My public reaction (on Twitter) when I saw BuzzFeed's strange, now-viral piece about a couple of HGTV hosts going to a church whose pastor doesn't support gay marriage was to wonder if the media outlet was going to write a similar piece about every single Catholic in America or just the famous ones.
Whatever the stated intent for running a story about the church attendance of some C-list home improvement show hosts (they do well in cable ratings, anyway), the subtext is clearly intended for us to look askance at Chip and Joanna Gaines for belonging to a church whose pastor preaches against gay marriage. The weirdest part of the piece is that it's entirely speculative. The Gaineses didn't respond to requests for comment, so it's a piece that cannot even tell the reader whether the Gaineses themselves support or oppose gay marriage.
Robby Soave noted this morning a couple of media outlets like Jezebel and Cosmopolitan running with the story. There's also been a much larger blitz of responses that are critical of the BuzzFeed piece. Here's some critical analysis over at the Washington Post from an engaged gay man who worries that the digital media environment under the Donald Trump administration is going to end up as "four agonizing, tedious years of 'gotcha' non-stories like this one."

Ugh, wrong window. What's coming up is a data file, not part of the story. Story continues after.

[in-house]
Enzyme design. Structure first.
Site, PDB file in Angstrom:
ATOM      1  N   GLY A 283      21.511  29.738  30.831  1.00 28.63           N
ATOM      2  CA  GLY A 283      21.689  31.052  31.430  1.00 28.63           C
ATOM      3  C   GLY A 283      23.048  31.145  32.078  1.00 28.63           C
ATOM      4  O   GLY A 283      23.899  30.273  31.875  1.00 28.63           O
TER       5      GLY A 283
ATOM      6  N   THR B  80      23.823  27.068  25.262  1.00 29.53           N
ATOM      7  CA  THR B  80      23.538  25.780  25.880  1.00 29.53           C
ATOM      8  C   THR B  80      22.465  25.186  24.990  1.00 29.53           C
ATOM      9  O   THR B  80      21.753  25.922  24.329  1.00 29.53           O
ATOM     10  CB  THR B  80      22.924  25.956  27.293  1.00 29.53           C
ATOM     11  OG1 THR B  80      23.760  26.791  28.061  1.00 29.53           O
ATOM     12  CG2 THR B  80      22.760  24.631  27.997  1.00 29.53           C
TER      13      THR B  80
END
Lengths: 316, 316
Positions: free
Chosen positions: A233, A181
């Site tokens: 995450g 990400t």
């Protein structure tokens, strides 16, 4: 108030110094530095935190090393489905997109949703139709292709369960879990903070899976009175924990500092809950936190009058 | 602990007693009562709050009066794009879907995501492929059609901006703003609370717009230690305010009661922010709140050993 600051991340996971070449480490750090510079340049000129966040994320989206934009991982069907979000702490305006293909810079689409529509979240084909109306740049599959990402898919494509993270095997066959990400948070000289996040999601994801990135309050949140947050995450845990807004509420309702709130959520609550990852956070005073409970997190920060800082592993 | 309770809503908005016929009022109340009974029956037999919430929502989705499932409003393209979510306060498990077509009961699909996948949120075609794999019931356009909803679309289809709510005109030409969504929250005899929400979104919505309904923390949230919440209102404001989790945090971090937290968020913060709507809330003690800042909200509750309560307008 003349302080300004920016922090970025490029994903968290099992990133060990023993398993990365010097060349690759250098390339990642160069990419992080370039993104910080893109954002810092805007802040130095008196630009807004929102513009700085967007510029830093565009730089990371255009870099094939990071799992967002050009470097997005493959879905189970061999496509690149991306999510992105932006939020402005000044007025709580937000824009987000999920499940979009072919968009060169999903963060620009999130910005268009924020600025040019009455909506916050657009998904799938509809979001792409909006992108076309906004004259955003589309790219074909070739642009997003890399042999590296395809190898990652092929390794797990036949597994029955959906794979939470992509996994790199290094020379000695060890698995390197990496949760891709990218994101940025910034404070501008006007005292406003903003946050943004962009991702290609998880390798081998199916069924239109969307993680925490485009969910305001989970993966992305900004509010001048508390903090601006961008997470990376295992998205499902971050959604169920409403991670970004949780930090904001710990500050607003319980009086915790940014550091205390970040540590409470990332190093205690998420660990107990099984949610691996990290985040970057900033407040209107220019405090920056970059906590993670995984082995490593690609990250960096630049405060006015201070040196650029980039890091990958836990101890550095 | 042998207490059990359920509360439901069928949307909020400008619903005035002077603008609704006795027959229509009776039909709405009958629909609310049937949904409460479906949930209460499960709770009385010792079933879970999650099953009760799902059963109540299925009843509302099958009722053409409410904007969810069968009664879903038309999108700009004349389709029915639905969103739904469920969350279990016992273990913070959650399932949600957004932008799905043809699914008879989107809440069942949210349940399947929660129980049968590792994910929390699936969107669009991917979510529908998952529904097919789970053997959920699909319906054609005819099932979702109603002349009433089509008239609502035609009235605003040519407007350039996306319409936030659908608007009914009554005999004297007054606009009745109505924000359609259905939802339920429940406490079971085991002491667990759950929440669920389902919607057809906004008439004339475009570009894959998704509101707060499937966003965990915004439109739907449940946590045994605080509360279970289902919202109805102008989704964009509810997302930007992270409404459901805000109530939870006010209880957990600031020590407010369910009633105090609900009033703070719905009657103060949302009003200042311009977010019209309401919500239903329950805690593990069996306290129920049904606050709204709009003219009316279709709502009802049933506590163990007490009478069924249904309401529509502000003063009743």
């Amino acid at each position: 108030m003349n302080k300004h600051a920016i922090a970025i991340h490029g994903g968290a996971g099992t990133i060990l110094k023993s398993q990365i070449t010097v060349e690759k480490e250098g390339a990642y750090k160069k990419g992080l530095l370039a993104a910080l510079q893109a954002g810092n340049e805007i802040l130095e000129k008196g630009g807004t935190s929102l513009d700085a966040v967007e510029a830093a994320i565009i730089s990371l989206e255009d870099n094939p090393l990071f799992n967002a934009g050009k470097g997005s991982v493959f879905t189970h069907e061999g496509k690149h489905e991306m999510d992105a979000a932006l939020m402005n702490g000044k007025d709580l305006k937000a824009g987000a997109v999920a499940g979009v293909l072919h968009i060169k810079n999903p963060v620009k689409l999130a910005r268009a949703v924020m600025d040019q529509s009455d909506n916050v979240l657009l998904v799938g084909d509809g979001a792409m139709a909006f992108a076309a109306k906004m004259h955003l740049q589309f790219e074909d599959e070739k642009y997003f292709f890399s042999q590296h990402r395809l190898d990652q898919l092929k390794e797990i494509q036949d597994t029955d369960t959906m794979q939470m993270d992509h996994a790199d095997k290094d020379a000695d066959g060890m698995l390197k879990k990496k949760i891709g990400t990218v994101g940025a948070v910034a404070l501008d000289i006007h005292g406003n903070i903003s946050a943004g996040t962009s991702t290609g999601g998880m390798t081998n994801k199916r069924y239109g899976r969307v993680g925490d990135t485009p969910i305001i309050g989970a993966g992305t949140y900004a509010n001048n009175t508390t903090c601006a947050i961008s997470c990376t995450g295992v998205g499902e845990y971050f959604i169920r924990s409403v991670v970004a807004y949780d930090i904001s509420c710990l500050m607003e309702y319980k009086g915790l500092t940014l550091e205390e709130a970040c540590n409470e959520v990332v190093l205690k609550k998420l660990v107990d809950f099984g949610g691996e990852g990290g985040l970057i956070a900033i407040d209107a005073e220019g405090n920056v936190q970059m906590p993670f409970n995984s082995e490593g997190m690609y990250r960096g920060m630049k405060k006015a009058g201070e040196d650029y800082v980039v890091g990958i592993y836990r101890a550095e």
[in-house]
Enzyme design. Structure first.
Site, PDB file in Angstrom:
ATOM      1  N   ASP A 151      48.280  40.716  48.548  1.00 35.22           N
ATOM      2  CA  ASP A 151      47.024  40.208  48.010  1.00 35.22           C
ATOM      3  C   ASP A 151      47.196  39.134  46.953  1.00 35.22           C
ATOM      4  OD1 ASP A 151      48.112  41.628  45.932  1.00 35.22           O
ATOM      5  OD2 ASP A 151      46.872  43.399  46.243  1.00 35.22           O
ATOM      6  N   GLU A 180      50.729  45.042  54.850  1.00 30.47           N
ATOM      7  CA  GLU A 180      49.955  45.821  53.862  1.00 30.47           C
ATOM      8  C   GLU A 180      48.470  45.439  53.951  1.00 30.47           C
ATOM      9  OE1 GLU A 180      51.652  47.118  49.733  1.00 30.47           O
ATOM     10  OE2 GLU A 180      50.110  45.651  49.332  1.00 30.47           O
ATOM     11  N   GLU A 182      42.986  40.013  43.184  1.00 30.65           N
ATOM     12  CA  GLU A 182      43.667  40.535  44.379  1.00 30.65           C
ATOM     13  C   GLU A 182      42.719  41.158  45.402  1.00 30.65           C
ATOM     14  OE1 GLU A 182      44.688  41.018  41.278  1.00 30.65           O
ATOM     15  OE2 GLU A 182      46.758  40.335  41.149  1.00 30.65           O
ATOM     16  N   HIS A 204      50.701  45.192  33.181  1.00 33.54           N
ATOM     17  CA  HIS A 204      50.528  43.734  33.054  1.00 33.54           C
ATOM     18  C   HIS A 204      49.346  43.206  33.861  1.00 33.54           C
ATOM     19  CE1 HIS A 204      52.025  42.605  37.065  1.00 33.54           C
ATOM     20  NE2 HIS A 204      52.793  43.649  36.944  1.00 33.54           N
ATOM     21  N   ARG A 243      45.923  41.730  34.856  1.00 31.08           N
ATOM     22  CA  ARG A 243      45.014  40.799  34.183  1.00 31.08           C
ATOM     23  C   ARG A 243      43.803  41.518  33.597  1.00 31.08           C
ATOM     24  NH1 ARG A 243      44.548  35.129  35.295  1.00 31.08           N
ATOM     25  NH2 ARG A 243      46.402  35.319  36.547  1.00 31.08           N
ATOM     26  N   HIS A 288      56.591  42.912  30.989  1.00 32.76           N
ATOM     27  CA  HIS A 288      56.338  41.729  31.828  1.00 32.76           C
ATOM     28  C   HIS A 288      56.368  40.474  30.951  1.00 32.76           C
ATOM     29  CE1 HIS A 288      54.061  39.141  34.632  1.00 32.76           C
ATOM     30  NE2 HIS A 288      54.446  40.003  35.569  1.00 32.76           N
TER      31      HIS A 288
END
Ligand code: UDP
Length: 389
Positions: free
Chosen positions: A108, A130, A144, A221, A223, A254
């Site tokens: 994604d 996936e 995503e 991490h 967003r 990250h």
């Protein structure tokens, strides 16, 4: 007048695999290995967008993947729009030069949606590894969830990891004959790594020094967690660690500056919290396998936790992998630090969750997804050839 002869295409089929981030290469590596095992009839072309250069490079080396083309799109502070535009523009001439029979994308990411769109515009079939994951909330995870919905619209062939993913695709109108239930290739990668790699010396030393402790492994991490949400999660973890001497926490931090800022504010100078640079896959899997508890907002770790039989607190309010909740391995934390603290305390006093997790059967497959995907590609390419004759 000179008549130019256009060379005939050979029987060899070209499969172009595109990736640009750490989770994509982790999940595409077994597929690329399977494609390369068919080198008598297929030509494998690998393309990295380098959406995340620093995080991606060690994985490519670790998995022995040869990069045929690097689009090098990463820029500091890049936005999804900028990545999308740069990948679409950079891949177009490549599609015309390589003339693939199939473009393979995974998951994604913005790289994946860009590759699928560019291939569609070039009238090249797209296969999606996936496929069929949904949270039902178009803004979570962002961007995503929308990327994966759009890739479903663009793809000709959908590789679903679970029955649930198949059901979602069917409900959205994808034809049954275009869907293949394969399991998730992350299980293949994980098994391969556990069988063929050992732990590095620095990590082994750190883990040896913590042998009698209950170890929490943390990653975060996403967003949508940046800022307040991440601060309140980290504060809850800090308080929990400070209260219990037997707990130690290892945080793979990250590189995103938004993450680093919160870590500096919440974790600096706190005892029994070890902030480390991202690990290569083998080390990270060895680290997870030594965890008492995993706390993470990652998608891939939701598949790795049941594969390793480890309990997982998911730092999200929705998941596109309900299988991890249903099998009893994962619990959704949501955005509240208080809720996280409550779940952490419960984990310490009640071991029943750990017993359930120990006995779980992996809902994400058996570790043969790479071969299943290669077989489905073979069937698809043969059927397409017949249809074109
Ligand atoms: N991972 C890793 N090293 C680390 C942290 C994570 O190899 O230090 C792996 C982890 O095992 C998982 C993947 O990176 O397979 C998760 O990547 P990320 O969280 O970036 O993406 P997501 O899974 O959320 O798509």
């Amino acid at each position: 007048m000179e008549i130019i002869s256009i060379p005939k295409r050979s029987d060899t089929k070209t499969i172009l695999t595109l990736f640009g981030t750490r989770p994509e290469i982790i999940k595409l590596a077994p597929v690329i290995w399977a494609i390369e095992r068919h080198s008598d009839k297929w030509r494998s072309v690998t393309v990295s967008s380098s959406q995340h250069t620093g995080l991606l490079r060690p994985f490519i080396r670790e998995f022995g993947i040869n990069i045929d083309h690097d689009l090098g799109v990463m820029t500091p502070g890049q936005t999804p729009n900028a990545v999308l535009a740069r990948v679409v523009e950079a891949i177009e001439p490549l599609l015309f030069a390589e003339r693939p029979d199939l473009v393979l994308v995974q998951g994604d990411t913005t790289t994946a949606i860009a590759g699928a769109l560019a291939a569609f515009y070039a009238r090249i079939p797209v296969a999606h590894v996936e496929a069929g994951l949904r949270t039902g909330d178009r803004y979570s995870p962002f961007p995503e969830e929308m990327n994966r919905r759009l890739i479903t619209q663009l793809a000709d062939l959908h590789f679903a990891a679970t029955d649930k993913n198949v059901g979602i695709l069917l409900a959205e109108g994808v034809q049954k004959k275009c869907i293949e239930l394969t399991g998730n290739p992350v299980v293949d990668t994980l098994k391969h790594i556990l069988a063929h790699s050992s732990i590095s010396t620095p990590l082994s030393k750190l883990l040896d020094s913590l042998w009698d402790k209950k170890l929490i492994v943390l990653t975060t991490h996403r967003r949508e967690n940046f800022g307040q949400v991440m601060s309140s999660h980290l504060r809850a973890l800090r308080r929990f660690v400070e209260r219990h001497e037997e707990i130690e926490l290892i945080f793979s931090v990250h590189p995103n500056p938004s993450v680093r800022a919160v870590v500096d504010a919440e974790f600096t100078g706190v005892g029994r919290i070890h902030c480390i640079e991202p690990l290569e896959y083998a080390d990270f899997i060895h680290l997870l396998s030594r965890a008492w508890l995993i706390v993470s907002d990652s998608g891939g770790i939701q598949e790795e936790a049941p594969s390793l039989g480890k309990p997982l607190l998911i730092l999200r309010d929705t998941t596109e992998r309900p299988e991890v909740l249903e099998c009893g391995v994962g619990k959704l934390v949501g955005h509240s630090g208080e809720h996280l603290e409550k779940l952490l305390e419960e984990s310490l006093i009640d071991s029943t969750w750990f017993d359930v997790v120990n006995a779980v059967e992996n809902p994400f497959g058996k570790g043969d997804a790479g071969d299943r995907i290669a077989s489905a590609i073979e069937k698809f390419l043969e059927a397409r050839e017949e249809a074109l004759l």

There is some possible good news here amid the media feeding frenzy surrounding the story: At the time that I'm writing this, a host of outlets have written about and linked to the BuzzFeed story. But I haven't seen a peep at the major blogs or media outlets (such as The Advocate) that specifically cater to LGBT readers. I may have missed a blog link somewhere given the size of the internet, but this "controversy" doesn't seem to be a focus of sites that are narrowly focused on LGBT lives and issues.
Why is this good news? Because it's a sign that the people who are actually affected by cultural attitudes toward gay marriage recognition understand where the battles truly are (to the extent that there are any battles left). Whatever the Gaineses and their retrograde preacher believe about gay marriage is not relevant to whether the practice will continue. There is no indication that any of these people in this story have influence to alter the state of legal recognition (or any interest in doing so).
There is a lot of focus at LGBT sites about who will be serving the Trump administration and fears about what they may do. Trump actively courted LGBT voters, which is remarkable on its own for a representative of the Republican Party. Let's not forget that the Republican Party's opposition to gay issues hasn't been just a plank in the platform—it's also historically been an issue to campaign with, something largely absent from this year's race. Trump nevertheless did terribly with gay voters, according to exit polls.